As California battles statewide wildfires, the death toll and expenditures are rising. The fires have torn through numerous counties throughout the state, and as many as 48 people have died in Camp Fire alone, as reported by NBC News. On Saturday, President Trump commented in a tweet criticizing “forest management.”
The statement sparked outrage from Democratic congressional members, Hollywood, and the media. Even the California firefighters union chief described the comment as “ill-timed and demeaning.”
California Lt. Gov. Gavin Newsom stated, in a tweet responding to Trump’s, “Lives have been lost. Entire towns have been burned to the ground. Cars abandoned on the side of the road. People are being forced to flee their homes. This is not a time for partisanship. This is a time for coordinating relief and response and lifting those in need up.”
Many even claimed Trump’s statement was not only uncouth, but also uninformed.
However, there may be more truth to Trump’s tweet than many of his critics care to admit. The Democrat-led Little Hoover Commission is an independent state oversight agency that released a report earlier this year on wildfire destruction and forest management practices that seemed to affirm Trump’s sentiments.
Former Democratic representative and deputy district attorney Pedro Nava, who is currently the commission’s chairman, addressed California’s governor and the legislature with an open letter that opens the February report. The first sentence of this letter states: “A century of mismanaging Sierra Nevada forests has brought an unprecedented environmental catastrophe that impacts all Californians.”
After describing the dilapidated state of the Sierra Nevada forests, and providing examples of the “imminent crisis,” Nava suggested “investing upfront to create healthier forests” in an effort to curb “the spiraling costs of state firefighting.” After further description of the economic costs incurred in the wake of wildfires, Nava concluded that “all these are symptoms of a larger problem of forest mismanagement and neglect.”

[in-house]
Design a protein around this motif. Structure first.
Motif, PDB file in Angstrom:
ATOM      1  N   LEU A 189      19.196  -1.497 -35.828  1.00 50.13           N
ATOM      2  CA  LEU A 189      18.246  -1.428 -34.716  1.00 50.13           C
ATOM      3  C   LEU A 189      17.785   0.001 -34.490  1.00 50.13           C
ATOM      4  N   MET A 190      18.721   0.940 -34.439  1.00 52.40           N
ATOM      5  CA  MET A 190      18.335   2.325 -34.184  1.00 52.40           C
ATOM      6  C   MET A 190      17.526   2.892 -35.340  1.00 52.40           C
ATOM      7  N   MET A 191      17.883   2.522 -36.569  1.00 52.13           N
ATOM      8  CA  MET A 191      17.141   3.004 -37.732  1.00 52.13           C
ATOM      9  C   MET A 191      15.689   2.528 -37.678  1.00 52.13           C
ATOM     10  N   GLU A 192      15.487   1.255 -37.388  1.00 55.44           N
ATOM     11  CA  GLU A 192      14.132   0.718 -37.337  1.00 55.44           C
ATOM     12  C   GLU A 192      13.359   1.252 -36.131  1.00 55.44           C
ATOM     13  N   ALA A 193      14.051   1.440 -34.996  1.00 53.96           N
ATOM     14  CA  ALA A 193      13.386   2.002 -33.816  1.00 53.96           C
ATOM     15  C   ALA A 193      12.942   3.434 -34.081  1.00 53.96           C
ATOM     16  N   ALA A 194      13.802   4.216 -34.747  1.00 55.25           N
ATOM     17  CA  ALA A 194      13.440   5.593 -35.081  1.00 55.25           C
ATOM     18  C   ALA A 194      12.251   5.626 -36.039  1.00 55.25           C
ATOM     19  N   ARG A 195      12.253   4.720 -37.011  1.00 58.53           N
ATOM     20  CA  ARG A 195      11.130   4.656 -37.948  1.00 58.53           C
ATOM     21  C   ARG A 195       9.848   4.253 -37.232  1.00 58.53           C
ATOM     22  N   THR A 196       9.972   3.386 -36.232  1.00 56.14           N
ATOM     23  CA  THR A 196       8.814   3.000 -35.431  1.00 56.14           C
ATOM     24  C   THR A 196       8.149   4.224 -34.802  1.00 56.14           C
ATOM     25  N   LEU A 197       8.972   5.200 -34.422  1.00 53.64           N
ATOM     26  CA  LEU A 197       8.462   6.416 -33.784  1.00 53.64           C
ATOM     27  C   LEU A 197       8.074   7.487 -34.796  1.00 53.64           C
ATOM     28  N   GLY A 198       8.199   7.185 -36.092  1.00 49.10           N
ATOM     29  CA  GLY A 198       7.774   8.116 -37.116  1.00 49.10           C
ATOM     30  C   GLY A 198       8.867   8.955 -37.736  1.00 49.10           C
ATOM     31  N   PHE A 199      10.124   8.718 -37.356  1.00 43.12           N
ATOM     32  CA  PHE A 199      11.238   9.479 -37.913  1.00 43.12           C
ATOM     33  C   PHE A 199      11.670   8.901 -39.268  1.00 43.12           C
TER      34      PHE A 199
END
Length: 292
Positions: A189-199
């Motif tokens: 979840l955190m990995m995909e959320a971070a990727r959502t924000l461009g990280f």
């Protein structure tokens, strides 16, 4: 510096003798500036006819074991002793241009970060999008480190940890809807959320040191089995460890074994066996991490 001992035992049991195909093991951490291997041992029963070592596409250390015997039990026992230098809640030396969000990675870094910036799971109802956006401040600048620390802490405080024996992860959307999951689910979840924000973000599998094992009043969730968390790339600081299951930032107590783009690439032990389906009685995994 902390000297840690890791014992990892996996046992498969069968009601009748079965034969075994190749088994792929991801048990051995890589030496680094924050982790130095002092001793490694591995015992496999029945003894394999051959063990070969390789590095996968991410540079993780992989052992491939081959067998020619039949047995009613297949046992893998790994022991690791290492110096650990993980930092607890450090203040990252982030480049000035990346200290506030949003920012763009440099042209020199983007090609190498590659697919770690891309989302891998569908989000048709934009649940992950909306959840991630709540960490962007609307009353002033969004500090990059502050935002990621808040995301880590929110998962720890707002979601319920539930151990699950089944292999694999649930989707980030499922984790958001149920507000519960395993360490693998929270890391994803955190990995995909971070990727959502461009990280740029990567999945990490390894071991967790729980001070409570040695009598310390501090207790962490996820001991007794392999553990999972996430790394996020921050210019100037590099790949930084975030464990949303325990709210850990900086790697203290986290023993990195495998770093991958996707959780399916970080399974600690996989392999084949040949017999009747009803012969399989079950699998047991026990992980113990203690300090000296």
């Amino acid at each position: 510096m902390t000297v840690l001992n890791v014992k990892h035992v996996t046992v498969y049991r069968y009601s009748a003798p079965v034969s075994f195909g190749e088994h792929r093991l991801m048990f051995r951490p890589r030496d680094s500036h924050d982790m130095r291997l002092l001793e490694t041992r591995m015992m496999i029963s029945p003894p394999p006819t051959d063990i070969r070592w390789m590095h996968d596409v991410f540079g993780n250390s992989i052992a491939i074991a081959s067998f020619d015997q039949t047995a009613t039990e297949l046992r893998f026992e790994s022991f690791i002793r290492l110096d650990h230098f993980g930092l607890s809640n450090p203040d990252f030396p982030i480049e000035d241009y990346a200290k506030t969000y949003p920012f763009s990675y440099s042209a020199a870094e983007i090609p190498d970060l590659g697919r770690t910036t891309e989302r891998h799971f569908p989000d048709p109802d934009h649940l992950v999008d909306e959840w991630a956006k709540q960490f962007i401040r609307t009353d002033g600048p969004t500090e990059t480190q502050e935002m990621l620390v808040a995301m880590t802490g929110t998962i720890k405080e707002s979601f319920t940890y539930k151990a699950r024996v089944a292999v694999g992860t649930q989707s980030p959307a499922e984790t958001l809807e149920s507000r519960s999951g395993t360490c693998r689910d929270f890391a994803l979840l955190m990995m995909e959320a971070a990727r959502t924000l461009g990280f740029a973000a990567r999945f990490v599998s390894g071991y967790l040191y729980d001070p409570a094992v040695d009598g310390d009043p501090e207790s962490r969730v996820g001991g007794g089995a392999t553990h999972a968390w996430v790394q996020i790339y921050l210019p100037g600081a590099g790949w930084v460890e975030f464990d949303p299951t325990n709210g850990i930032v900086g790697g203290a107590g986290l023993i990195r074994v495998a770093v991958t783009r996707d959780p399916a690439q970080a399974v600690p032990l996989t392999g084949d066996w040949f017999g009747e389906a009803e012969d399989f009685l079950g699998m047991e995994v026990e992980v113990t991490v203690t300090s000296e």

The report also blames “poor management policies that interrupted the natural and historical cycle of fire” as a cause that has “left forests vulnerable to disease, insects, catastrophic fire and drought.”
Unsurprisingly, it seems some of the outrage and animus directed towards Trump stems from dislike for the president’s personality and policies. It is not, however, rooted in knowledge about the situation at hand, which subject-matter experts describe similarly as Trump did in his supposedly objectionable tweet.
Like Trump’s tweet did, Nava pointed out that “state and federal firefighting costs have risen year by year.” Only recently, costs have increased at a dramatic pace. Since 2013, the cost of California firefighting has more than tripled (an increase of $531 million), according to the California Department of Forestry and Fire Protection and PolitiFact.
Two things can be true at once: Trump’s comments about California’s wildfires can be crude and inappropriately timed; and the president’s statement reflected the conclusions of California’s own Hoover Commission oversight report with regard to statewide forest mismanagement. California, of course, is currently and has been run largely by Democrats at all levels and agencies of government for many years now.
Neither Nava nor California State Sen. Richard Roth, who also serves as a commissioner on Little Hoover, could be reached for comment on this article.